Google. The giant. Almost every client with which I work asks me how they can be found on Google, rank better on Google, get to the top of Google. The benefits to achieving this are, of course, obvious. If you sold shoes, and every person that put "shoes" into Google saw your website, you would be making money hand over fist. I have even known of companies that were purchased simply because of how well they rank on Google. It's a big deal.

Achieving it, on the other hand, is more complicated. First, let's discuss how Google decides what websites to show when it makes the search. Basically, Google has a catalog of the entire internet. It reads the words on your website, and then it reads the words on the websites that link to you, especially the words in the actual link. It also assigns a grade to each website, so getting a link from one website could cause you to get more "points" to your ranking than another. The one with the most "points" go first, the one with the second most goes second, and so on. It's a bit more complicated and it actually takes many other factors (your social media presence, how quickly your website loads, etc), but this is the main one.

Now, for many years there has been a service called "Search Engine Optimization." Basically, it's a job devoted to making your website rank better. They work with the content on your website, as well as getting good websites to link to you, so that you can rank better.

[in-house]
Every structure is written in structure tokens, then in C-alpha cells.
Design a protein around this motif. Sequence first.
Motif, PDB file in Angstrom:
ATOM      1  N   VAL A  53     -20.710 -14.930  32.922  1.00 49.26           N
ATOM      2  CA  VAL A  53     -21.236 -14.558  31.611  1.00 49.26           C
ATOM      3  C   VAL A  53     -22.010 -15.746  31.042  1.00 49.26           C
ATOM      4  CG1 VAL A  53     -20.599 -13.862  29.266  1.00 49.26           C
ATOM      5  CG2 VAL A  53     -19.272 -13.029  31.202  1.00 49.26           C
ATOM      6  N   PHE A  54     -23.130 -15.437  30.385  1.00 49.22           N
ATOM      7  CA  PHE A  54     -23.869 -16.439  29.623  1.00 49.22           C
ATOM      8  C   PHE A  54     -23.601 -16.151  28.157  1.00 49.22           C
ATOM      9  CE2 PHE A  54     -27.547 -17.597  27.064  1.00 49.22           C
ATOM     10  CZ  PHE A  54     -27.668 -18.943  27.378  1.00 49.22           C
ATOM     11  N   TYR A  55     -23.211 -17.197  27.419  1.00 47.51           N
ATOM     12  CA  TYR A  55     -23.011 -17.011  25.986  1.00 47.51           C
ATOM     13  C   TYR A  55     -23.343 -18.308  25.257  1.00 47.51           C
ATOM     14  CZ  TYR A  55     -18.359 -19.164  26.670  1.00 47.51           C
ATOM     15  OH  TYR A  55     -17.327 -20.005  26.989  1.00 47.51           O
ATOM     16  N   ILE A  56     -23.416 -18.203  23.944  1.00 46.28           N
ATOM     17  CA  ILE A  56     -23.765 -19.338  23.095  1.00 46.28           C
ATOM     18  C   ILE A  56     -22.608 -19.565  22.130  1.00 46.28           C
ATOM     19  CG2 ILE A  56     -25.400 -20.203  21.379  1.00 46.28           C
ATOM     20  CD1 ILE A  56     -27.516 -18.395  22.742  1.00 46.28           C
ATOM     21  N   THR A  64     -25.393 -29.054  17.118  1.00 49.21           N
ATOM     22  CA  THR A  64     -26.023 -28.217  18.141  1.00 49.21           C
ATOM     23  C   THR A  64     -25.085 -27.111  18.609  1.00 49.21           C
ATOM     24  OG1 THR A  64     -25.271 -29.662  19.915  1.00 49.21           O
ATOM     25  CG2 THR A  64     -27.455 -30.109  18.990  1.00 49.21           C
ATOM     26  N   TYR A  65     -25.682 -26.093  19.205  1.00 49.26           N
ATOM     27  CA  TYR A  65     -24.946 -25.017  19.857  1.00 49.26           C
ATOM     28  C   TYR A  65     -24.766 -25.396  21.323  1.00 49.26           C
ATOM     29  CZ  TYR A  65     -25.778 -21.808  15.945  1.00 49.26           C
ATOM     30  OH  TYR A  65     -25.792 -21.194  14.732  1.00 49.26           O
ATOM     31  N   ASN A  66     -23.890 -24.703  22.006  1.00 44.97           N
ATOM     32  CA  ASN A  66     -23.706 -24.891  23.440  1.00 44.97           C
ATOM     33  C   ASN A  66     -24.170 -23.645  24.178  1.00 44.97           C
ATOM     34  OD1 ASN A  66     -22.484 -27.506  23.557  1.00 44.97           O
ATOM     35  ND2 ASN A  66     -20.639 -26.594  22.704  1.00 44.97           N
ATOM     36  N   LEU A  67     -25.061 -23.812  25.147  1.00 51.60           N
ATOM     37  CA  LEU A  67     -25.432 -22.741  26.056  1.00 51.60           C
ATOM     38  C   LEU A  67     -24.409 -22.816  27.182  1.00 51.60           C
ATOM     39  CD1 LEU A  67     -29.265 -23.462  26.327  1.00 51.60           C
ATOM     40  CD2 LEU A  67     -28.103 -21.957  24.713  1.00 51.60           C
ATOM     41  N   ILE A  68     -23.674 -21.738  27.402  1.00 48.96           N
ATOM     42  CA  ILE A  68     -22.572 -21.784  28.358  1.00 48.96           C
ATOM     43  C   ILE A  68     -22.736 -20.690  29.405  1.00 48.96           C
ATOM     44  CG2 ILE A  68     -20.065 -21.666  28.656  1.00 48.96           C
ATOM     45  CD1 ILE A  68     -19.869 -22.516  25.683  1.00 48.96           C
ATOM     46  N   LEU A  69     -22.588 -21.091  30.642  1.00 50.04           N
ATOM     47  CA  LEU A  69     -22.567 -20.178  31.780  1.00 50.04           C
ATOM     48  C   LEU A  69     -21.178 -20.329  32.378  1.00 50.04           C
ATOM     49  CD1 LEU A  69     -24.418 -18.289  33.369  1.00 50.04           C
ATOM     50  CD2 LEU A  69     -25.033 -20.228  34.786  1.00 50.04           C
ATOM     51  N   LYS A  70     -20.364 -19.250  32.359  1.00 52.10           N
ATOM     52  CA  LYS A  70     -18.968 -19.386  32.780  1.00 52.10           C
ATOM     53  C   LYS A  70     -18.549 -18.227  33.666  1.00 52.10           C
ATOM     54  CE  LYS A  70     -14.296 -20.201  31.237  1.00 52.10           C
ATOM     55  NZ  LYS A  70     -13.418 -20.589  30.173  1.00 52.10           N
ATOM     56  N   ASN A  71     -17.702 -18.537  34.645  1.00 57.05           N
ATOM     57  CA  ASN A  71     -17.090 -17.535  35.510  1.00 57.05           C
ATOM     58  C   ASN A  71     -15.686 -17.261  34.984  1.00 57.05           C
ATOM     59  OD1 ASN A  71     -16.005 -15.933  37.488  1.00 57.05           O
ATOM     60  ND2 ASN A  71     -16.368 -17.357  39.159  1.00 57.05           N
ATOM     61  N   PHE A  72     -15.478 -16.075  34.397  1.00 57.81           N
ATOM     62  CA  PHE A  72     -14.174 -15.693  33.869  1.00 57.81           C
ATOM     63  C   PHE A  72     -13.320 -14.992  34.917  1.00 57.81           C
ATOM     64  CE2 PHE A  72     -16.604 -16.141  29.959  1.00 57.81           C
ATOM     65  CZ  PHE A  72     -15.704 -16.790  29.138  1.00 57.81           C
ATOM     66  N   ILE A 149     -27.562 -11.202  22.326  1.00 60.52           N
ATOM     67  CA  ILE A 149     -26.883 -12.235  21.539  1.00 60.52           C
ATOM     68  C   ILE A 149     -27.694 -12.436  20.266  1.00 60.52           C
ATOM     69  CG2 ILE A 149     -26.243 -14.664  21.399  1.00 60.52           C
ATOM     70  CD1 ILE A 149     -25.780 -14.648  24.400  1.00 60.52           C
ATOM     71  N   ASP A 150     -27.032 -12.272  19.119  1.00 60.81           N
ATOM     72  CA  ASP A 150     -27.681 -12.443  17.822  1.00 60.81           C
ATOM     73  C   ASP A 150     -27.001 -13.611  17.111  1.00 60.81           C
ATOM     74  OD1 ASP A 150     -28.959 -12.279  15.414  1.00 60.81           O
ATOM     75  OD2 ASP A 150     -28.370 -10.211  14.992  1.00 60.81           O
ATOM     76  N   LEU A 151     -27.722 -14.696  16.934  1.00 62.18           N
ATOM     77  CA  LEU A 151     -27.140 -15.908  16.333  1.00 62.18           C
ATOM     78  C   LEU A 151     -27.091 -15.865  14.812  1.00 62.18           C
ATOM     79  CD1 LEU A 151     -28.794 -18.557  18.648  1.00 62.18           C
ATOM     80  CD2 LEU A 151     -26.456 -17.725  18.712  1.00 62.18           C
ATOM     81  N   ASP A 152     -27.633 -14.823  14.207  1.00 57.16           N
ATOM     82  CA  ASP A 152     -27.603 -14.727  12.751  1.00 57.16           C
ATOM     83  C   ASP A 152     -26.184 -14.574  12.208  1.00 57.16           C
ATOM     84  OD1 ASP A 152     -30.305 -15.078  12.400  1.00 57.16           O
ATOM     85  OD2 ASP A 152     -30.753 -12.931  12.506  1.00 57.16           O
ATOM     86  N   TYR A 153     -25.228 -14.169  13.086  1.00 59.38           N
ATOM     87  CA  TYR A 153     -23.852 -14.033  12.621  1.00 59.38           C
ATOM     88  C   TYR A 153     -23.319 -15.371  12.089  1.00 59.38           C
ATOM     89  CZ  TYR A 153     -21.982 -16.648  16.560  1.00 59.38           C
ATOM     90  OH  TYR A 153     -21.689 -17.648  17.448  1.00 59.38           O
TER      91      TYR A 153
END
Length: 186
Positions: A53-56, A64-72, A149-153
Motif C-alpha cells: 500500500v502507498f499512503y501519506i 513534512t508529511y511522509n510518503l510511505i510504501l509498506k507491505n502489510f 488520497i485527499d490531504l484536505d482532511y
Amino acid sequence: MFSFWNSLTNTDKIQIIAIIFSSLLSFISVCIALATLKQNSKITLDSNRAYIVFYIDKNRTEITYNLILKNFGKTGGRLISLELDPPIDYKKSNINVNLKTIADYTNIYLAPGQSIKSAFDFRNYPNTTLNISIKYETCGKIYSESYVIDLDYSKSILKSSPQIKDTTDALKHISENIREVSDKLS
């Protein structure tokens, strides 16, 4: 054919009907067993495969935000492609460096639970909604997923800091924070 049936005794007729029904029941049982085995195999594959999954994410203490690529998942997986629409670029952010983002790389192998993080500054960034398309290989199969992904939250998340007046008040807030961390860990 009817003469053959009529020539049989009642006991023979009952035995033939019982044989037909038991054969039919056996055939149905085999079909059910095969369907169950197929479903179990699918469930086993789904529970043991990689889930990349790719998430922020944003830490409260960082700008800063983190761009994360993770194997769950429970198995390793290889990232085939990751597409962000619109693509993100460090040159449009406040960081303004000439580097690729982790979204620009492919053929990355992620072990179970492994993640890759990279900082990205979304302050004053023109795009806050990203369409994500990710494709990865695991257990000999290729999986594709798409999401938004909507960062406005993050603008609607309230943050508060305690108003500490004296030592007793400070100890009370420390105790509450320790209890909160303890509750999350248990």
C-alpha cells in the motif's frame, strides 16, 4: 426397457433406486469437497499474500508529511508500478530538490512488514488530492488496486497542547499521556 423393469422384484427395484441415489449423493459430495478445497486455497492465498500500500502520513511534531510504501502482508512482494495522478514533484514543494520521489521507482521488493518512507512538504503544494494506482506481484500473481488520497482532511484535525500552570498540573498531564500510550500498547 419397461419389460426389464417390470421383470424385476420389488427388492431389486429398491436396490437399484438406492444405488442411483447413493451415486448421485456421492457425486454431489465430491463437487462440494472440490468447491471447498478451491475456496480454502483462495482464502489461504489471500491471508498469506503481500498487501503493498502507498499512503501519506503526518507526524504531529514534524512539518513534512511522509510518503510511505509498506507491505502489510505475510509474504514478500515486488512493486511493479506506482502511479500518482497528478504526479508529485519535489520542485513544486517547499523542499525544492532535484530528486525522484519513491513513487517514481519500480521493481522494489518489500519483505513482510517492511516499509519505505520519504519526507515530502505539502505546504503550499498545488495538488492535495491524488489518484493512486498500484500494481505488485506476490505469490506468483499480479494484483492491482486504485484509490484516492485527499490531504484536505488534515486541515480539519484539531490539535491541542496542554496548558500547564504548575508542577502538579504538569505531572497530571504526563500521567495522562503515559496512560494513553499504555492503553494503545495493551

This used to be significantly easier than it is now. Google does not like its rankings being manipulated, and so over the years they have improved the way their search engine algorithm works so that won't be affected by the common "tricks" that SEO companies relied upon to make their clients rank well; in fact, they now actually punish websites they feel are trying to unfairly manipulate their rankings. You could see your position drop or, even worse, your website could be removed from Google altogether!

So, do you still want to be first on Google? Of course you do! Now, it is very difficult to do it alone, so many people end up hiring a search engine optimization company in order to help them. Unfortunately, this field has a tendency to attract a large number of scams. To help you cut through the scam artists, I attached a list of warning signs that, if an SEO company says, should make you take warning:

  • They'll submit your website to search engines: your website will be found by Google naturally, so there's no reason to submit. This is a worthless "service" designed to make it look more impressive.
  • They give you a very short timeline: SEO is a complicated process. Anyone who says they'll get you where you want to be in a week, they're lying.
  • They talk about "optimizing your keywords tags:" Google has stopped reading keywords tags years ago. It's just a quick fix people use to trick you to think they're doing more work.